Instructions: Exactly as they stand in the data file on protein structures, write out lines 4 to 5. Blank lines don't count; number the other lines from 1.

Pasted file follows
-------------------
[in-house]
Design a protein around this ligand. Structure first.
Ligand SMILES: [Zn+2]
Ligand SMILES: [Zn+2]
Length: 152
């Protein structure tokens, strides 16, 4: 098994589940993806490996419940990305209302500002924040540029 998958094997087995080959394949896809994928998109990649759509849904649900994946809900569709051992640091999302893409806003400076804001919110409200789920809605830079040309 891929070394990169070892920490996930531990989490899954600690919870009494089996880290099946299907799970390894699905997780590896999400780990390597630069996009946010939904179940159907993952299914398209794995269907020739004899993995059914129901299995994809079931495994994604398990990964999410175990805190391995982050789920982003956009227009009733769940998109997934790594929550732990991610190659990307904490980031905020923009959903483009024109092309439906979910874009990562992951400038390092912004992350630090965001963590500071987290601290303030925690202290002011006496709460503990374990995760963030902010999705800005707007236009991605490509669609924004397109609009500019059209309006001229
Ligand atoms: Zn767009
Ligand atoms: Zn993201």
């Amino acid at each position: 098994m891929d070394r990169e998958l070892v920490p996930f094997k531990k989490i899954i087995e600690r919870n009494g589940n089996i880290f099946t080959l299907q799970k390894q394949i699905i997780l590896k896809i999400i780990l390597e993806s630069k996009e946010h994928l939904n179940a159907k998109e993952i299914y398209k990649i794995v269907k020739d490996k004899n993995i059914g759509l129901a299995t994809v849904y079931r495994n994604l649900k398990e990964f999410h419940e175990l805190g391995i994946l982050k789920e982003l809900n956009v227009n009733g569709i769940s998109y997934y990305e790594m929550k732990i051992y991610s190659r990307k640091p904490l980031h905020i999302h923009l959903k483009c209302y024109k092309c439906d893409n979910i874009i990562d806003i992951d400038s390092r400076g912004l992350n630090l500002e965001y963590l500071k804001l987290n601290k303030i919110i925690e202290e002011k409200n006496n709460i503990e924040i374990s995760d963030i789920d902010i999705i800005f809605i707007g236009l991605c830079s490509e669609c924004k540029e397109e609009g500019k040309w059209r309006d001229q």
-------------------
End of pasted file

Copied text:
Ligand SMILES: [Zn+2]
Length: 152